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Page Level Query Analysis at Scale with Google Colab, Python, & the GSC API

by Calefyb Tech digital marketing services

Anyone who does SEO as part of their job knows that there’s a lot of value in analyzing which queries are and are not sending traffic to specific pages on a site.

The most common uses for these datasets are to align on-page optimizations with existing rankings and traffic, and to identify gaps in ranking keywords.

However, working with this data is extremely tedious because it’s only available in the Google Search Console interface, and you have to look at only one page at a time.

On top of that, to get information on the text included in the ranking page, you either need to manually review it or extract it with a tool like Screaming Frog.

but even the above view would only be viable one page at a time, and as mentioned, the actual text extraction would have had to be separate as well.

Given these apparent issues with the readily available data at the SEO community’s disposal, the data engineering team at Inseev Interactive has been spending a lot of time thinking about how we can improve these processes at scale.

One specific example that we’ll be reviewing in this post is a simple script that allows you to get the above data in a flexible format for many great analytical views.

Better yet, this will all be available with only a few single input variables.

A quick rundown of tool functionality

The tool automatically compares the text on-page to the Google Search Console top queries at the page-level to let you know which queries are on-page as well as how many times they appear on the page. An optional XPath variable also allows you to specify the part of the page you want to analyze text on.

This means you’ll know exactly what queries are driving clicks/impressions that are not in your <title>, <h1>, or even something as specific as the first paragraph within the main content (MC). The sky’s the limit.

For those of you not familiar, we’ve also provided some quick XPath expressions you can use, as well as how to create site-specific XPath expressions within the “Input Variables” section of the post.

Post setup usage & datasets

Once the process is set up, all that’s required is filling out a short list of variables and the rest is automated for you.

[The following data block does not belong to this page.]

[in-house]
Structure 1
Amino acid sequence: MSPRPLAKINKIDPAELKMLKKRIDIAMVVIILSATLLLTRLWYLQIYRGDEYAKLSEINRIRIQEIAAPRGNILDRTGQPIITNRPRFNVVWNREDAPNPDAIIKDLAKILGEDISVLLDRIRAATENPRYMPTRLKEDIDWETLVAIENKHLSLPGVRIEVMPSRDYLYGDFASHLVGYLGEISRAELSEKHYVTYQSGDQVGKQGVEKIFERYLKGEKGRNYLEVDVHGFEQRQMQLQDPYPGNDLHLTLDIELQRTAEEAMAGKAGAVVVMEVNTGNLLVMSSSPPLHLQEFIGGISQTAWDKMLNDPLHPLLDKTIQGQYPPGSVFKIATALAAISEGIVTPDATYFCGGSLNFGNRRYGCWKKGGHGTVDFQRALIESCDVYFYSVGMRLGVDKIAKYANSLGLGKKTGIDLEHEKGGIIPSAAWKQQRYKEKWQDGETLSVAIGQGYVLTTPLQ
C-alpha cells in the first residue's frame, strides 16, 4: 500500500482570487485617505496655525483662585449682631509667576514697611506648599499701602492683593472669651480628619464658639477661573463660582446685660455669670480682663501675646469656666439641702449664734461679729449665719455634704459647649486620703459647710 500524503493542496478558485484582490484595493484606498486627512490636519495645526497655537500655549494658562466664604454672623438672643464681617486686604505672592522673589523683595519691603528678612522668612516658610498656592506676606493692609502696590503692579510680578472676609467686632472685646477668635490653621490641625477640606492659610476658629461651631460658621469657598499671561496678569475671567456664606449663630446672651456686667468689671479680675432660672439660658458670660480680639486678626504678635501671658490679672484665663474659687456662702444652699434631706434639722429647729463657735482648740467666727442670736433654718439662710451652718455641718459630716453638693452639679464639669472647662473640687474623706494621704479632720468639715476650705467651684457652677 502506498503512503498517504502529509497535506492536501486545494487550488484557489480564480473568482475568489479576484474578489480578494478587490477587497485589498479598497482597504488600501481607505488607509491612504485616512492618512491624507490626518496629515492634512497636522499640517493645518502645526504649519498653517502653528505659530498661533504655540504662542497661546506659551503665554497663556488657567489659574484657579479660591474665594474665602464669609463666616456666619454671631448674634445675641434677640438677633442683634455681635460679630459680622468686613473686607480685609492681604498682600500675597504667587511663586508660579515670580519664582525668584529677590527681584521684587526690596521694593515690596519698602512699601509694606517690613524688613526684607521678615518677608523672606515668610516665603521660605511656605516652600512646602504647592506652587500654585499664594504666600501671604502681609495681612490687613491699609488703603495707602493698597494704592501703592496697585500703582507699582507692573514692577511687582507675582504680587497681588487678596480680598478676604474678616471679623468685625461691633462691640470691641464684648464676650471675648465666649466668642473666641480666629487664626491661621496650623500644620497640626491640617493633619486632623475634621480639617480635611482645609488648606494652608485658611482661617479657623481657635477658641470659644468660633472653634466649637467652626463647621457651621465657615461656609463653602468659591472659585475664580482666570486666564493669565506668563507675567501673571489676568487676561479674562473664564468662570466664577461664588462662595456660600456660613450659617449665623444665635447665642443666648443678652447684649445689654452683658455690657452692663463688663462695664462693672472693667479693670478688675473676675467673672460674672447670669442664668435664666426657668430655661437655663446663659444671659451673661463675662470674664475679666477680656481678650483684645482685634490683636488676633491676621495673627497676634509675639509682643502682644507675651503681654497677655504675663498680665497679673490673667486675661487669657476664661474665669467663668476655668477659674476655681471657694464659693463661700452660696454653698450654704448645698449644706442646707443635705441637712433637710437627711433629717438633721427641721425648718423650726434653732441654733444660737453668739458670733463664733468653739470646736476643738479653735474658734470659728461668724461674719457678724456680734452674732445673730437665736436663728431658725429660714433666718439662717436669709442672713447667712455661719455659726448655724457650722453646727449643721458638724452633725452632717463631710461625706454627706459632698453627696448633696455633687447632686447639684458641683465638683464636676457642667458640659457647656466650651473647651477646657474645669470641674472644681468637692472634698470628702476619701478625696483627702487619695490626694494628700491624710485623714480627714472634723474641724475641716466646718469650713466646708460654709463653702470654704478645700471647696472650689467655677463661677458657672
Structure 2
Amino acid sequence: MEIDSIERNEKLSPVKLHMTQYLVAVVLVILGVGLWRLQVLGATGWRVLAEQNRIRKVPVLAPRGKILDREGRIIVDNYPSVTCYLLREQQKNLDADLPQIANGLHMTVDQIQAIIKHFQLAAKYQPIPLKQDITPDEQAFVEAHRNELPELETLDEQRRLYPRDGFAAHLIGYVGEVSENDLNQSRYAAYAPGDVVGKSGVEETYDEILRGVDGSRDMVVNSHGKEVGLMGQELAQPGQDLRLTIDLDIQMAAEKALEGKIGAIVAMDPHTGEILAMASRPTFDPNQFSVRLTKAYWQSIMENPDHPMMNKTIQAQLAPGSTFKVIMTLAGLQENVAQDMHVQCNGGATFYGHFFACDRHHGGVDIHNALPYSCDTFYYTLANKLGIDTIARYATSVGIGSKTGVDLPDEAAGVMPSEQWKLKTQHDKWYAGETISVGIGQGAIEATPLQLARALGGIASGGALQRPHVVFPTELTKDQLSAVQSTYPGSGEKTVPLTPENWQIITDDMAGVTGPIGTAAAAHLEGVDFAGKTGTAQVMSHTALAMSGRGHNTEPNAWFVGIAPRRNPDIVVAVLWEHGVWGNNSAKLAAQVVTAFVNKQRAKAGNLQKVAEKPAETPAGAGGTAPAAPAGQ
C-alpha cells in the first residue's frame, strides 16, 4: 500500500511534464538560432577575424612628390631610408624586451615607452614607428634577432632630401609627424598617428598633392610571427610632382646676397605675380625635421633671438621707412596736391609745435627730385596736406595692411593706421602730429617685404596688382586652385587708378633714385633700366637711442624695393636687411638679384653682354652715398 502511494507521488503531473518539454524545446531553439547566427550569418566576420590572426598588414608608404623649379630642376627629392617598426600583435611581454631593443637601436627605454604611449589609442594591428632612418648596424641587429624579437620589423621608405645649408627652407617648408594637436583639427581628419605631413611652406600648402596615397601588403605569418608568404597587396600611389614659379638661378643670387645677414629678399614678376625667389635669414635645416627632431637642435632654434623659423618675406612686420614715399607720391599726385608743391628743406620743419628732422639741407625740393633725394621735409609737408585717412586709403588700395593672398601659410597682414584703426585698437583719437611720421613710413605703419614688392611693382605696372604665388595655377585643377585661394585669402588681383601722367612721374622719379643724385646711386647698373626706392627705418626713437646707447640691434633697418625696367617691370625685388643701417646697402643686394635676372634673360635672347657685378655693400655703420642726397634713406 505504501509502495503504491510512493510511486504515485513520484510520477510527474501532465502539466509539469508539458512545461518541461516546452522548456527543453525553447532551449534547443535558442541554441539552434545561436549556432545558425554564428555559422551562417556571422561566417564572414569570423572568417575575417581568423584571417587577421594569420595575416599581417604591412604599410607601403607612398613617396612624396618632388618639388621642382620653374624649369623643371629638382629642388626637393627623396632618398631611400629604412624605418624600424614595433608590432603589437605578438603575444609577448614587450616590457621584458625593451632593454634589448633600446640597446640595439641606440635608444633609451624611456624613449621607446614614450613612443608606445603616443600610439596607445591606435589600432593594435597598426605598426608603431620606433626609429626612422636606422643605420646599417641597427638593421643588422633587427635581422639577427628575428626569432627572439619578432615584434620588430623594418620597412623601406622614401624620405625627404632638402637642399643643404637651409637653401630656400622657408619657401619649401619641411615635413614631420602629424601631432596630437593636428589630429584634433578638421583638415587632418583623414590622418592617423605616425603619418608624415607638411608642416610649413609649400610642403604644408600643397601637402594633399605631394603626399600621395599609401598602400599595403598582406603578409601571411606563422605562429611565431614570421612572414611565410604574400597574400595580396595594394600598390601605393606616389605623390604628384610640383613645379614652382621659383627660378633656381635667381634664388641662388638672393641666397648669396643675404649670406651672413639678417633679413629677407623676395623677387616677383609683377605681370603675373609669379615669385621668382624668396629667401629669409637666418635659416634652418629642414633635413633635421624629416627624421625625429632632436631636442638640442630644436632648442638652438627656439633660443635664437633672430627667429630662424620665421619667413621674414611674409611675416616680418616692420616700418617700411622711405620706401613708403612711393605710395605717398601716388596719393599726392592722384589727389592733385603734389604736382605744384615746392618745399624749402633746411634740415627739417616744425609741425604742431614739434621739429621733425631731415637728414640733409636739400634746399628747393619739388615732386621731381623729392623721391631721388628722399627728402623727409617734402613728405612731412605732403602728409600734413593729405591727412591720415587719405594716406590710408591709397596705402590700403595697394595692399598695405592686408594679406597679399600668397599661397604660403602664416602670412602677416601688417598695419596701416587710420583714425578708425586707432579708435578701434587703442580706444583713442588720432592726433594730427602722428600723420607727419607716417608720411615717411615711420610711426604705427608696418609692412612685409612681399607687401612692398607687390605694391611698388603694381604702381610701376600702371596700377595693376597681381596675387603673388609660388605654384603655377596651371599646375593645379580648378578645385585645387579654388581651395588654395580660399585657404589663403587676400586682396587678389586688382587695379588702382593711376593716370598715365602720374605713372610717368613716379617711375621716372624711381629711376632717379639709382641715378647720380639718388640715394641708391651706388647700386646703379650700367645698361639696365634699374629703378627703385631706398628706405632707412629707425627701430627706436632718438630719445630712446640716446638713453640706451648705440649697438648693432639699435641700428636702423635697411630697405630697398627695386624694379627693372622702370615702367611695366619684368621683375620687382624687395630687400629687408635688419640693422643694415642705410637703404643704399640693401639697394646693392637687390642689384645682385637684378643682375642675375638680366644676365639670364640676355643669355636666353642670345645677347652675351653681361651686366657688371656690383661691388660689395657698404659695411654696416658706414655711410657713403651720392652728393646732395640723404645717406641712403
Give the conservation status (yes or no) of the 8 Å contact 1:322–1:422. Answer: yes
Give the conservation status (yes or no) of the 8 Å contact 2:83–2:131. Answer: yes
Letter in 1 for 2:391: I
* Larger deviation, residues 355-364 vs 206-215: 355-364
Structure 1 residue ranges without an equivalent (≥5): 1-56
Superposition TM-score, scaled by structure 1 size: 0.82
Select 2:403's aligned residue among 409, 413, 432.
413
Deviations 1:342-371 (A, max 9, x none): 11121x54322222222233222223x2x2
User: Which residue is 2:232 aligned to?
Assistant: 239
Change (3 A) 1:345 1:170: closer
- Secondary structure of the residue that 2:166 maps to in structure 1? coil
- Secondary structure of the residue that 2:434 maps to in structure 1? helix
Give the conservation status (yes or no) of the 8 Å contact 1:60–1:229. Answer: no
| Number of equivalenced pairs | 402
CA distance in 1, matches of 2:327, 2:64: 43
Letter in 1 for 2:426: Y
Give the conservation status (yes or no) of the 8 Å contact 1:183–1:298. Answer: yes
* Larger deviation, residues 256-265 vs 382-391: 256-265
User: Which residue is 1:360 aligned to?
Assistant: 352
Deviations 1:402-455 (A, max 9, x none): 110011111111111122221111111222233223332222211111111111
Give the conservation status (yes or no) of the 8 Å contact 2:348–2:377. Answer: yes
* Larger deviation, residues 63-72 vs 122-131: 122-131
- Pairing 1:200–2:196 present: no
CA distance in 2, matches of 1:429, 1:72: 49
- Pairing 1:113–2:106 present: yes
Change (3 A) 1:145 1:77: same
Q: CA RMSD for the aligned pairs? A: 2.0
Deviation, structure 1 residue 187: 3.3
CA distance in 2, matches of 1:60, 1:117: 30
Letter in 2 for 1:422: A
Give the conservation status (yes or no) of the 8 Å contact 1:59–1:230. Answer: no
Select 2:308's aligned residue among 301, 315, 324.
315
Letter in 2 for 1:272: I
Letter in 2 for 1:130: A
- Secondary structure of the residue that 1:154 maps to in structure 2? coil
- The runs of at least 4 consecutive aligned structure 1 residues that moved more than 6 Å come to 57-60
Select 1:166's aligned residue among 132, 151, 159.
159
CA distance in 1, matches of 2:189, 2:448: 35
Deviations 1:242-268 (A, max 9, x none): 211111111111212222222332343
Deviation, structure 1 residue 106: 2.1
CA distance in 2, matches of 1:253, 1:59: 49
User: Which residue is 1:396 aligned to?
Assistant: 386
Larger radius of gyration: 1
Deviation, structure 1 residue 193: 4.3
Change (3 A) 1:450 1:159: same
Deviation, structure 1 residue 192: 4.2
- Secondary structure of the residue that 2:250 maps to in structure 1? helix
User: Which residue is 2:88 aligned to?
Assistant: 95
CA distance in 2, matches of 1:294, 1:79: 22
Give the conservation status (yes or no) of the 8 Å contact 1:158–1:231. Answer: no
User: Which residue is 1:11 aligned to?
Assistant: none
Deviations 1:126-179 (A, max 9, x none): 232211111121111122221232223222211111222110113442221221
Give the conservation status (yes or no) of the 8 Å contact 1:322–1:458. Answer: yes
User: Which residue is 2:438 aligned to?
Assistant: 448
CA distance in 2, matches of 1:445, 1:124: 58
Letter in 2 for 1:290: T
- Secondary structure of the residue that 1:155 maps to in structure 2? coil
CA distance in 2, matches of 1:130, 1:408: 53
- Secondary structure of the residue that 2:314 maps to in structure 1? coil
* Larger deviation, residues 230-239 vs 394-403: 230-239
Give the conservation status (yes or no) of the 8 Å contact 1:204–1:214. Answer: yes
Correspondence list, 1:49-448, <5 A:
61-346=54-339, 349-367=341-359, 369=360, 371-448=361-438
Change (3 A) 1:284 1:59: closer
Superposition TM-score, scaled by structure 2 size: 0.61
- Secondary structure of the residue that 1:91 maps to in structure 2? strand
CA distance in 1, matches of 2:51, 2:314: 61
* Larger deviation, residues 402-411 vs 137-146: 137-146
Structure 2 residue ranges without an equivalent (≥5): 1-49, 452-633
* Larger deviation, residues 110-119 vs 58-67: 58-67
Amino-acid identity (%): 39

The output dataset includes multiple automated CSV datasets, as well as a structured file format to keep things organized. A simple pivot of the core analysis automated CSV can provide you with the below dataset and many other useful layouts.

A simple pivot table of the core analysis automated CSV.

… Even some “new metrics”?

Okay, not technically “new,” but if you exclusively use the Google Search Console user interface, then you haven’t likely had access to metrics like these before: “Max Position,” “Min Position,” and “Count Position” for the specified date range – all of which are explained in the “Running your first analysis” section of the post.

Example pivot table with

To really demonstrate the impact and usefulness of this dataset, in the video below we use the Colab tool to:

  1. [3 Minutes] — Find non-brand <title> optimization opportunities for https://www.inseev.com/ (around 30 pages in video, but you could do any number of pages)
  2. [3 Minutes] — Convert the CSV to a more useable format
  3. [1 Minute] – Optimize the first title with the resulting dataset

Okay, you’re all set for the initial rundown. Hopefully we were able to get you excited before moving into the somewhat dull setup process.

Keep in mind that at the end of the post, there is also a section including a few helpful use cases and an example template! To jump directly to each section of this post, please use the following links: 

[Quick Consideration #1] — The web scraper built into the tool DOES NOT support JavaScript rendering. If your website uses client-side rendering, the full functionality of the tool unfortunately will not work.

[Quick Consideration #2] — This tool has been heavily tested by the members of the Inseev team. Most bugs [specifically with the web scraper] have been found and fixed, but like any other program, it is possible that other issues may come up.

  • If you encounter any errors, feel free to reach out to us directly at jmelman@inseev.com or info@inseev.com, and either myself or one of the other members of the data engineering team at Inseev would be happy to help you out.
  • If new errors are encountered and fixed, we will always upload the updated script to the code repository linked in the sections below so the most up-to-date code can be utilized by all!

One-time setup of the script in Google Colab (in less than 20 minutes)

Things you’ll need:

  1. Google Drive
  2. Google Cloud Platform account
  3. Google Search Console access

Video walkthrough: tool setup process

Below you’ll find step-by-step editorial instructions in order to set up the entire process. However, if following editorial instructions isn’t your preferred method, we recorded a video of the setup process as well.